Naked Sundays is an Australian SPF brand aimed at inspiring the next generation to love and wear SPF every single day with fun, easy to use sunscreens.
This is a really inspiring story and we’re going to break down her secrets to success, what makes a brand pop and what you need to know about regulations when building a sunscreen brand.
I absolutely loved hearing about why Samantha decided to keep this venture a secret from the public for 9 months. She realized that sunscreen is complex, it’s made by chemists, and she's not going to be the one in the kitchen mixing this herself. Instead she's getting someone to make the best of the best, but will anyone really take it seriously with her name on the brand? So she didn't tell anyone about being a founder. This is the first time I've heard of something like this on the show, and I find it such an interesting approach. Samantha didn’t want people to think that I was just doing this for the sake of it.
Please note, this transcript has been copy pasted without the lovely touch of a human editor. Please expect some typos!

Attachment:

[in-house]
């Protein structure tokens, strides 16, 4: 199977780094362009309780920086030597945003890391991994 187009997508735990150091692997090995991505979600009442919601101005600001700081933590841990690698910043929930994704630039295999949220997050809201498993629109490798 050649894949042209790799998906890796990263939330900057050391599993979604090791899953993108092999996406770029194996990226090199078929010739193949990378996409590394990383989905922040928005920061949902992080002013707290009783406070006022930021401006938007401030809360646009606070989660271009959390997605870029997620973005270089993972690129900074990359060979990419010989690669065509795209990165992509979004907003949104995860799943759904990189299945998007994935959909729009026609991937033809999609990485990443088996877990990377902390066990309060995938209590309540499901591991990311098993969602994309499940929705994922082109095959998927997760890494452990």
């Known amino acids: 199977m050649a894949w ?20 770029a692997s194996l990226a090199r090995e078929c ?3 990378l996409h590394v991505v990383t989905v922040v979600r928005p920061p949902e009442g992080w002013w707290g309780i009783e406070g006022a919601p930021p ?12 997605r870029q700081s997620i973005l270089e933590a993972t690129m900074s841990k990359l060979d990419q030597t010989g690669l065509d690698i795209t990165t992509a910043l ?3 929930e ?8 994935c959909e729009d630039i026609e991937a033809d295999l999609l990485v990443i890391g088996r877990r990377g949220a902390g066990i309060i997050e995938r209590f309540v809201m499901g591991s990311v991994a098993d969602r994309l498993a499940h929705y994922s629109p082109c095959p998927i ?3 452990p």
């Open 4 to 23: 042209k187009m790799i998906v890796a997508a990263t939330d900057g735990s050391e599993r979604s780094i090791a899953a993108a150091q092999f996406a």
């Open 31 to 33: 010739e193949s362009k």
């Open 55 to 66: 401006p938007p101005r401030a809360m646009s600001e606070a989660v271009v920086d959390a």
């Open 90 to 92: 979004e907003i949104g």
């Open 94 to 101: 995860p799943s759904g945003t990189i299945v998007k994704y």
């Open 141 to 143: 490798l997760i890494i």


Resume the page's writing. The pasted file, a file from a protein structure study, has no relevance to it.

So my name is Samantha, you may know me from the morning show on channel seven. It's called Sunrise. I was a news reporter there for many, many years over seven years and absolutely loved and adored my job of getting up at three o'clock in the morning, putting a full face of makeup on and reporting the day's news and people think it's so glamorous and it's so fun and it is amazing and exhilarating. But it is also extremely challenging. You are in the bush fires or the floods or you're at a a crime scene and you really are speaking to people sometimes on the worst day of their lives and sometimes on the best day of their lives. So it's a very full on amazing career. But it is also very taxing emotionally, physically mentally your for example in the bush fires in New South Wales. I was out in the bush fires for days on end, no clothes, no water, no food sleeping on the floor. It just is one of those jobs that you know it's your whole self Anyway, whilst I was on the road and out in the sun reporting for T. V. With a full face of makeup and lights in my face. I never ever thought about sunscreen or putting on sunscreen. And I started to notice a couple of my colleagues having to get skin cancers cut out of their faces and they would come to work with this big plaster across their face. And I think what is that? And you'd see the cancer having been cut out one had accounts of skin cancer cut out the top of her head a melanoma. And so I thought oh gosh, am I even wearing sunscreen? Yes, I might put it on at three o'clock in the morning. But is it still going to be on when I'm out in the sun at three o'clock in the afternoon? No, Especially that most people don't know sunscreen only lasts for 90 minutes maximum. Oh I didn't know that exactly. I don't think people realize that you know and the T. G. A. Guidelines And the FDA guidelines are top up regularly. Top up every at least every 90 minutes, especially when you add in the sun. And so I started thinking, well is there a product out there that I can top off top up my sunscreen over my makeup throughout the day with bright lights on my face. And so I looked and everything was white or greasy or would take off your makeup and just wasn't conducive to a news report of life. And I thought, well it's not only for news reporters, other people out there might also want to wear makeup when they go to work and then take a stroll around the park at lunch, if you're so lucky and they can't top up their sunscreen. So I thought, well maybe I can create something. And so I got to creating something and I remember it was in the middle of the bushfires in 2019 and it was just such a taxing emotional, awful time. But on the flip side outside of that, I got to work on a brand and think about colors and rainbow and lilac and beautiful fun ingredients and it was just such a nice world away. And I love doing that. And I really thought to myself, If I am going to create something, it's going to really have to hit for the people who are most at risk of melanoma, which I did some research and it's actually the millennials, the 18-35 year olds for me. Yeah, exactly. I point to myself, I'm a bit over that, but, but, and so I really thought to myself, well if we're going to change the habits early and that would be the aim of the brand. If I made a brand ever, the aim of the brand would be to change the habits of people really early on, how am I going to do that? Well, I'm going to have to make the branding as fun and inclusive. Simple to use and understand as possible whilst being high performance and have incredible ingredients and be good for your skin. No easy feat. The unicorn. Yeah, pretty much you wanted the unicorn. So I'm interested though. Like you have this crazy career, you're obviously super busy. You? It sounds like you hadn't kind of built a business before. How did you know what to do and where to start and like how did you kind of approach? Oh, I'm going to start a business. So the good and bad thing about me is that I never thought about it that way. So I never thought, okay, I'm going to start a business. Let's write a business plan. I think I still don't have, I definitely don't have a business plan, but what I did think was, okay, here's a gap in the market. How am I going to fill it? How am I going to create something that is not only going to fill that gap, but also really change the habits of people. So my thinking was more, well, I started off at google, how to create a sunscreen. And a lot of people say to me, how did you? And I research, I'm a journalist at heart and I looked into it and I called manufacturers, chemists, F D A T G a specialist. And I said, all right, how do we do this? And I said, I wanted to be clear glowy 50 plus, good for your skin, not ruin your makeup matte ify ng Priming order. And they're like, what? You know? And this was you got to remember in 2019 there's been a bit of an explosion, which is amazing of SPF brands mixing skin can SPF, which is where we sit in a new category, but that hasn't exploded back then. So what I was saying to these chemists was they've never heard of it. And I said, it's got to be done. We have to do this. And so talk about two years as you say, we launched in January 2021. So it took a long time. But yeah, back to your question, Google and cold calling, picking up the phone and making those calls. Good old google. I don't know what we'd do without it. I was telling my five year old daughter that we didn't have phones or google when I was her age and she did not believe me. Yeah, I imagine people just can't imagine what the world looked like without the internet and without a phone where you could just get anything at your fingertips. Crazy. I want to talk about the money piece and how you're kind of approaching money and capital in the beginning were you using your finance where you're using your savings where you're going to a bank to get money? Obviously anything in the beauty and the skincare industry requires high M. O. Q. S. It's expensive. It requires working capital. So I'd love to talk about the money piece of the puzzle and how you're approaching it. Yes and I exactly agree with you. And even just to do a normal skin care it's lower M. O. Q. Which is minimum quantity orders that which I didn't even know. I was like what's the minimum quantity order for your initial right now for SPF it's double triple what everyone else is. And the prices are double triple. So so I remember saying to my husband in this room that I'm sitting in now, I remember coming to him with two paragraphs business plan which was we're launching with four products and he did the spreadsheets and he said all right well that will cost you X. Amount and I said okay let's launch with two products. So we pulled it down and we were going to renovate our house and do all sorts of things. We had a bunch of savings and we took some money out of our mortgage and we really just scrimped and saved and I put in everything. I had a full time job and so does he. And so we were just able to scrimp and save and we always knew it. If no one bought any sunscreen, it was okay. We both had really good jobs and if people did and we needed to make more, we were screwed because we had no more money and you know, with sales and especially with the big okay, even if you do sell out, it's not like you instantly see the cash coming in. So we're just either way it didn't we, we just wanted to see how it would go. Honestly, we never thought it would take off like it has, were you thinking, oh, you know, I'm going to stay in my job for like a year or what was the kind of plan to quit your day job? There was never a plan Through and through TV journalists. I'm obsessed with TV reporting. I've been doing it since I think I was like 14 and when I was a child, I just always wanted to be a news report. It was my thing. It is my thing. I love it to death. But there came a point in the business where it started to become so successful that it just needed my full time attention And I'm an all or nothing person when I'm waking up at 3:00 AM, I'm bouncing out of bed. I'm running onto the set at the news story, I'm ringing the ministers, I'm calling the SCS like I'm there, I'm in the flood If there's a flood in new south Wales, I was there, I was at every flood. Like it's weird for me not to be in the floods right now reporting interviewing people that are affected. Like I'm like, where am I? Where is Sam? You know? But so I needed to put my full self into Naked Sundays once it started taking off, especially that we've got an amazing retailer. Mecca, as you know, in Australia, which is Australia's number one retailer. So even if you're in every other retailer, aside from Mecca, Mecca is so much bigger than all the others. So it was just such a wonderful thing to be in there and I really just thought this is just a once in a lifetime opportunity that I just wanted to give my full self. So it was a difficult moment when I decided that I was going to quit my lifelong dream of a career, but I have not looked back and it's just new challenges now, I guess that is so cool, congratulations by the way on taking that leap and leaving something that you obviously loved so much that's obviously a big change, but gosh, how exciting have you heard about Norby? It's a marketing platform specifically built for creative entrepreneurs. 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So anyone who's working to build a modern multi channel community or monetize their skill set and creativity online can benefit from using Norby to access a free one month trial, go to Norby dot live which is N O R B Y dot live and use the code F S C at checkout or click the link in show notes, I want to talk about the launch and you know your first year in business. I read that you did something crazy like $100,000 in four weeks. You went from 0 to 100 and I want to know how you did that. Yes, I wonder who said that, That's interesting. But yeah, I mean I don't know the exact figures to be honest. But I think we yeah, we did a lot in the first month we did a lot of sales and we did a lot of units and our minimum order value I guess in the industry that you constantly are looking at is extremely high because people are not coming on and buying a cream or a missed their buying boat, they're buying a brush, they're buying a bag, they're buying the whole bundle so we don't have to be selling tens of thousands of units to to have really good strong sales. I'm sorry what was your question? I just want to talk about the launch. So let's go back to the very beginning. What were you doing in the lead up to kind of pressing go opening the website. What was your kind of marketing strategy I guess Great question. I being a journalist for so many years I'm obsessed with marketing. I loved marketing. I was also beauty journalist. Like I think when I was 18 and 19 I used to go to all the beauty launches and I just loved all that. The landscape has completely changed and it's become all about influencer marketing obviously and social paid and social organic. So I have really had to learn what that meant. Like I say these terms to you now like I know but back then I've never heard of social paid, I did not know that you could pay for ads on instagram. I had no idea and I rather sitting at a dinner you're a marketer's dream. Nothing I had never heard of it. And I remember sitting at a dinner and this girl said to me, you know what I do for work Is I do paid social and then if someone clicks on your website, I can really follow them around the Internet and every time they click on a website your brand will flash up and then they'll get a name, I'm like, what now, what but honestly do. And that was the best meeting I ever had because I had no idea about that. zero. And now I see how important it is for brands when they're starting out. So I was speaking to someone today, it was really interesting, they explained to me that most startups within the beauty space, spend so much on R and D and they forget the marketing piece. And I feel like as I said to you, I cut down the number of skews that I launched with and instead use that towards marketing. Now I didn't go for the biggest baddest influences and put a lot of spend behind all that. We were smart. I felt like it was a smart tactic where I decided to go for some really small but really well known micro influences that didn't cost an arm and a leg and I just sent them some of the products and so the plan as you ask your question was build the social organically, I just started posting like a year in advance photos and started building momentum that way and then seeded it out to a couple of influences and they started posting about the brand and so we were meant to launch on, I think the end of january and by the middle of january I had to call the Pr and say we're getting so many D. M. S. Not from people saying I want this product, but from people saying I need this. So that was the myth that I created that you can spray over your makeup with SPF 50 plus. And I thought oh my gosh, these people need this, we have to go. And I called the Pr and she's like okay we're ready and perfect time, mid january in Australia, it's bloody hot, that's right, everyone needed this product. And so we just, we launched with a bang and you know, they really say that the launch month really dictates the trajectory of the startup. And so for us it was just such a, it cemented the fact that there was something in what we were doing when I said me, we, it was just me and my husband and he has a full time job, so he was just one eye open, you know what's that good looks good carry on. So um and I had a really small team and I hired that girl that I met at that dinner party just casually just to help me with paid social organic because I didn't know what that meant. We didn't advertise on google at all, nothing. We did a couple of instagram ads, couple of influences, but it spread luckily and thankfully it spread organically very quickly. If you are to say to someone, here's why it spread organically. What's that, what does that look like? What, what do you think made it just so successful? And so obviously you have a unique product. It didn't exist, It was amazing. But there's, there's still kind of pieces to a puzzle of why something takes off. Why do you think it did? You know? I really think I had some criteria for this and I think that as a whole, it didn't exist in the market and it got people excited. But the things that I'm about to say are the branding was fun, different, engaging, and really focused on its target market, lilac, Would you believe? It was not an in color back then? Now it's the number one color. Yeah, so it was on the cup of that millennial cool factor so people would see it and they wouldn't know that's a millennial, they would think that was speaking to them emotionally. So I think the branding, the color, the fact that it was fun, simple and that they were doing something good for them, their skin as well at all at the same time. I think may people want and this is the whole premise of the brand now, it's making people want to share it with their friends and to share. So it becomes this thing of organically spreading because people are so excited to share it. So I jump on the instagram, Would you believe it every day, Checking like what is the conversation around naked Sundays and the conversation I see to this day and it's been over 18 months is, wow, how cool is this? How fun is it? How simple, how high performance. And also I want to share it with you guys because I feel like you guys would love this too because it's good for your skin. So it's the combination of that. I think I could be wrong. I love that. That's so cool. And yeah, I mean I'm totally on board with the purple thing. That's, it's such a visually striking lilac that definitely I can imagine catching your attention when you see it in the shelves of mecca being like, what is that? I want that because there's no other lilac on the shelves at all. Oh really, That's so interesting. Very cool. Did I read that you spent the first however many months keeping the brand anonymous to you. Let's talk about nine months. So it's funny because I am not shy. I am on tv every day was um I have written multiple books. I've been in the press more times than I care to count good, bad, the ugly, all of it. And so when it came to creating my own brand, why wouldn't I just say, hey, it's me and everyone, you know, who knows me would buy it. But I really honestly felt this is a sunscreen and sunscreen is all about efficacy, T. G. A. Testing, SPF testing U V. A. It's complex, it's chemistry, it's chemical and or physical or whatever it is. But you know what I'm trying to say, it's made by chemists and I am not sitting in my kitchen mixing up sunscreens. I'm getting the best of the best at what they do and so I can do the branding and the marketing and I can decide what products I want. But at the end of the day, the product needed to speak for itself honestly. And I thought if anyone's going to take this brand seriously and really believe that this works and the amount of testing that we do and regulations, I mean I spent all day even today still to this day regulations and testing is just constant with this. And I love that because then it means it's a strong barrier to entry for this entire SPF industry and you really have to work hard at it constantly. So I love that. But I really wanted that to speak for itself. So I didn't tell anyone about the founder, my PR would call me once a week and say let's do podcast, let's do interviews, the magazines want to find out who you are and I said no, nothing and I didn't want people just to think that, you know, she's on tv and now she's doing this and I just really never wanted people to think that. And the good thing is by the time I decided, okay, it's time it's me, no one really cared, honestly. They were all just so into the brand and the products and they, by that time everyone knew the products worked really well, they were good for their skin, they enjoyed using them. And so I didn't when the founder came along, like, as you say, you read bits here and there and it's an interesting story, but it's not helping. It's just, it's you know what, I will totally stand behind this. I love inspiring. That's why I love to do a podcast like yours, because people listening to this will go, oh my gosh, I don't know anything about the industry, let me google, let me work for a year and a half on formulations, let me call up chemists, everyone can anyone can do it. So I love inspiring people. So that always upset me because I couldn't kind of tell my journey, but now I can, so here we are now you can. I think it's so interesting and it's, it's amazing because you've been able to build this brand separate to who you are and your kind of credibility in, you know in tv and in people's homes that you're in every single day and I'm thinking now, like even when you go to sell, it's probably in one day if you choose to sell, it's like also having that little bit of separation where you built a product that was so backed by the product itself, not by someone who was like the face of kind of like the celebrity brand route. You know you just have such loyalty to the products that you've built without it being you from the get go. Which I just think is so interesting as a strategy because of course you would instantly think oh yeah she's on T. V. Like that's how it happened because everyone knows who she is. That's amazing. Love that. Very clever. I wasn't trying to be clever. I just yeah thank you. Love it. 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So how does the rest of 20, start to play out for you? You're doing influencer marketing, you are kind of doing your micro influences. You have kicked off with a huge bang after the launch and you've had that huge bang, what are you kind of doing to keep the momentum going to keep things smoothly running? Yeah, I mean it wasn't easy. I'm not going to lie. And we really quickly wanted to come out with our next products that I had told you that I was working on and so we were able to do that. And you know, there was slow burns for those ones because they weren't as buzzy and they weren't as, um, the myth is so innovative that no one had ever seen it before, but then we wanted to come out with a mineral because I realized people very quickly had said some skin, so they all needed mineral sunscreen and so we were able to come out with that, but it wasn't immediate that people even liked it. However good story here, The overwhelming feedback was people with sensitive skin need a sensitive skin sunscreen and so I was able to bring one out and didn't do much. In fact didn't do any marketing. I didn't even send out an E. D. M. Till the day. I thought I'll just send out an email blast to my, you know, 10,000 or however many I had at the time, not that many people that have signed up for our newsletter and just expected it to sell out immediately, like our first Launch and it didn't. And but the story goes that it is now the number one seller Of ours, it's sold out when we launched into Mecca three months worth in 24 hours. It has become a complete cult product because I don't know why, I know why because the actual product itself. So I'm talking about our mineral sunscreen with vegan collagen in it. Um it's all the good things, it's vegan, it's mineral, it's natural, it's 50 plus and it's got a mix of iron oxide so it blends out your entire skin. So people are wearing it on those no makeup makeup days and they're like, how is this sunscreen? It's so good. People are wearing it out at night when they go out for dinner because it's the best primer ever do too. There's watermelon extract in there, there's the vegan collagen and it just sits on the skin really beautifully sounds good. So I guess the message there is if you back something and you know that there is a market for it It doesn't have to launch in the first week and make 100 grand. It doesn't have to do all that. It doesn't have to have any influences onto it. We had no influence of marketing for that product. And I remember thinking I said to the pr why didn't we get any press on this? And she's like it's just another mineral sunscreen. You know get over it. I was like all right well it is special. And that didn't matter because we launched it in june june the 1st 2021. I remember it was the first day of winter and by october the 10th when we launched into Mca bestseller sold out three months worth in 24 hours still can't keep it in stock still. Our best seller. We just launched into the U. S. The best seller. They're like it's just we can't keep it in stock. It's just so great. And that's from no spend nothing. Yeah. And I think that goes to show what happens when you create a product that's truly you know it truly has word of mouth inherently built into what you do. It is worth telling your girlfriend about it over WhatsApp. It's worth buying it again. And that can spread really quickly. Especially with women. I feel like women love to tell their friends about a good product or some you know not beauty secret but like this thing they've just discovered and they're the one to introduce it to their friends. I'm just showing it to you. It's this guy, he's actually got a green lid. I don't know why it's got the purple lid on, but because I think my daughter's been playing with my little shelf here. But yeah, love it. Okay, so sunscreen as we know and as you kind of mentioned, it's a difficult industry. There's barriers to break into this industry. What are the kind of challenges that you're facing at the moment And for anyone listening, whoever thinks about like getting into SPF and things like that, What do we need to know? Yeah. So I think so. Unlike normal skincare, it is classed as a medication in Australia under the T. G. A. Which is the therapeutic goods administration and it is classed as a drug in America under the FDA. So there are those things to think about. And when you classes either of those, there are multiple rules and things you have to write on the packaging testing that needs to be done. And none of that to me. None of that is a bad thing. That's all a great thing. You want your sunscreen to work and I want people to know that our sunscreen works. So I'm not against multiple testing constantly. We test every batch, not just every product but every single batch that we bring out and we have to adhere to all those rules. So that's a good thing to me. The challenge I guess is that recently? The T. G. A. Have come out and said that under their advertising rules there's certain things. So when you put up the podcast for your post you should put underneath a warning. Which is it's interesting users directed reapply regularly because as you say, people don't know that if it's not water resistant, you know make sure you wear water resistant SPF, make sure you re apply when your towel drying or swimming, don't put it in your eyes etcetera. So I guess for whenever you're on social media now you have to put that warning and that's fine. But what they've done is they've said from july the first which was this week you have to add influences into that mix, paid influences or gifted influences. Now we don't know how many influences we've sent products out to or who has brought them. It's just hard to tell. And what they're now saying is they can't give a testimonial if they have been gifted or paid to use your product and promote it. What is a testimonial? Well that's a big question. What is the testimony? So a testimonial? How I understand it from the T. J. Website is saying I love this sunscreen and I use it every day now where I have an issue I am fine with rules and as part of those rules. They've cracked down on vitamins Now I am fine with the cracking down on vitamin use because people say I use this vitamin, I've lost 10 kg, I've used this vitamin, my hair's grown 10 inches, okay. I get that. Let's not say that anymore if we're paying influences. But What about us? I mean, I'm pretty sure when we started in January 2021 sunscreen wasn't as cool as it is now. Now I don't know if naked sunday has had a part in that or if influences started getting on the bandwagon or whatever, I don't even care. But the point is, it has become cool and something that people want to share on social media and say that they love using to encourage other people to wear sunscreen and not only that, but re apply and use it properly and influences are amazing at telling us that. So now the rules come in and the influences of nervous and I'm upset because not because I need influencers to promote our brand, we really don't. I'm upset because all the work that we've all done to really create a cool aspect around SPF wearing due to influences being able to post about it if they can't post about it, I just feel like authentically that's just negative. I mean sound screen saves people's lives. Let's melanoma is the highest killer of our, our, our putting myself in your age bracket, but our age bracket, you know it is and melanoma is real and people are getting it cut out. Let's celebrate sunscreen. I'm sorry. I'm really against these new rules. It's so interesting because the reality is that even if someone is a paid influencer and you pay someone to use it, chances are that person test the product and decides whether like they're going to like actually personally endorse it or not. Kind of think there has to be some kind of like, do I actually want to put my name to this? So then, and you know, then often influencers do fall in love with their product. That's how people go on to be ambassadors. That's how people go on to be investors in brands. Like, you know, all this kind of thing. So I'm like, that's a tough, that is a really tough one. There's a bit of a bloodline there. What's the repercussion and how do people get essentially caught? Like where's the line drawn? Yeah. Well, as I said, law came in the beginning of the week and no one really knows and how are they going to police this? And where is the line drawn? And I guess lawyers and legal experts asking a lot of questions of the IGA and we're behind the scenes looking at rallying the government because sunscreen is such a positive thing to share. And the fact that influencers are enjoying sharing. Sunscreen is such a great thing. I would hate for that to change. Mm. Mm. Gosh, that is such a weird one. Thanks for sharing. Well, I haven't tried the product. I haven't seen the product so I'm not like an influencer and I'm not being paid. This is no influence the moment here. This is me trying to understand your story out there again. I don't even like the business process. This is business, business. Oh my gosh, that is so bizarre. I'm going to look that up later. I feel like there are people listening who are probably like fun. Like maybe it's not sunscreen but something else that falls into these kind of regulations where people need to really consider, you know everything and it only applies to Australia. So you can say you love it if you're in the UK, which you are. So there you go. I can pay you and send you if you'd like. But it doesn't apply in the US either because the TJ listing of the products doesn't apply in America. So I don't need my T G A number on my products in the U. S. Or in the U. K. I need a different set of regulations there. But not the T G. A. Product. Goodness me. Gosh, is there anything you wish that someone told you in the beginning, before you were getting started that you can share abort mission back back. No. Um honestly, I will say guys, like everyone listening, I have done so many great things. I wrote a book. Meghan Markle was in it. I did a book tour around the world, lived in L. A. Did the whole Hollywood thing was on the news like had the red carpets channel seven news reporter for seven years. Best life like the best fun of everything. And now it's going to sound terrible. This is the hardest I've ever had I've ever worked. This is the most of myself that I've put into anything. It is a nice to think news reporting was a 24 hour job and it literally is your on air sometimes 24 hours straight. And I have been in those stories where they the story never ends. News is 24 7. This is If there's possible 28/7 there is no I'm a ceo and founder now And social media coordinator, marketing coordinator, advertising coordinator, financial planner, financial. I pay all the bills like never ever ever stops the amount of things that I do for the business. And so I am working 28/7 if that's the thing I'm going to make it a thing. And so you really before you start, I wish someone would have told me that the other day my husband wouldn't have made a difference. What did you think this was? Yeah, it was like what did you think you were just going to swan around at events and I was like yep and I do go to a lot of events and you know the events these days, the business events with cool business women. And we all talk about and every one of them say the same thing. I was at this other founders event the other day and the events are very far in between, but they're so amazing because I get, we get to share our war stories and you know, we're all sitting there. I remember the other founder of amazing fashion company saying, you know, she said to me, she's the only person that's allowed to post on their instagram and checks every post. And I said, I do that too. You know, you as a founder sometimes you don't pass anything on. So would, I wouldn't have changed anything if I would have known, I just think I would have been better equipped or mentally prepared for what it has. Like, I didn't do anything, you know, when you're like, before I had a kid, I like cleaned up the house and did the nursery, like I didn't, I didn't do anything. I just started and never realized that my life would change forever in a whole different way and you really don't have time to catch up. So maybe I would have gone to the gym a few times boards and clothes, like wash my hair, like, you know, things like that. So I would have time to True. I think it is a common kind of misconception because especially, you know, when brands are so beautiful, they have beautiful packaging, You see the glossy instagram, they're really cool Tiktok and the cool curated behind the scenes and you think like, oh, owning a business so glamorous but bloody stressful. What do you want to shout about what's happening this year that you want everyone to know? So look, 20, has come around so quickly, hasn't it? And I feel like it's been a tough year for everyone. I really feel like I don't know if it's the same in the UK where you are, but definitely in Australia, you know, things have changed a lot. The retail landscape has changed. Beauty has changed becoming saturated. Everyone's a bit nervous. Um, sorry, I was going to give advice, but anyway, well I guess my advice. Okay, my advice is honestly and truly don't let what's happening in the world dishearten you or or sway you from starting your dreams. Imagine how many people said to me absolutely do not do your sunscreen. Why would you do that? That's insane. Like imagine how many people, imagine how many people said to me when I was a celebrity reporter back in the day, how many people said to me, you can never be a hard news reporter. And I said, well it's up to you. Like I'll prove that I can, so never, ever listen to anyone if you feel like you have an idea and you want to do it, you just go out and do it and I'm telling you the number of people who said you can't do this mist and I just did it eventually with lot of hard work, you can do it. I don't really have anything to shout about about naked Sundays because I prefer to use this time to inspire the others. So I'd rather talk about you guys. So I just feel like never look at it and think look how glamorous and it's so much fun and I want to be a founder rather thing, what product or what service or what is missing from the market and how can I help that? And I felt like with my platform, even though I didn't tell anyone who I was, but with my sort of news reporter background, I really knew the gap in the market and I really felt like I could make a difference there. So if anything, I, I think maybe I will shout about reapply your SPF. Don't think just putting it on in the morning is going to last all day. It's not Yes. Oh my gosh, I've learned that from you today right here. And I'm gonna be well, I mean now I'm gonna have to get some missed because I am also like how on earth would I put sunscreen back over my makeup. Crazy, so crazy. Never thought about it.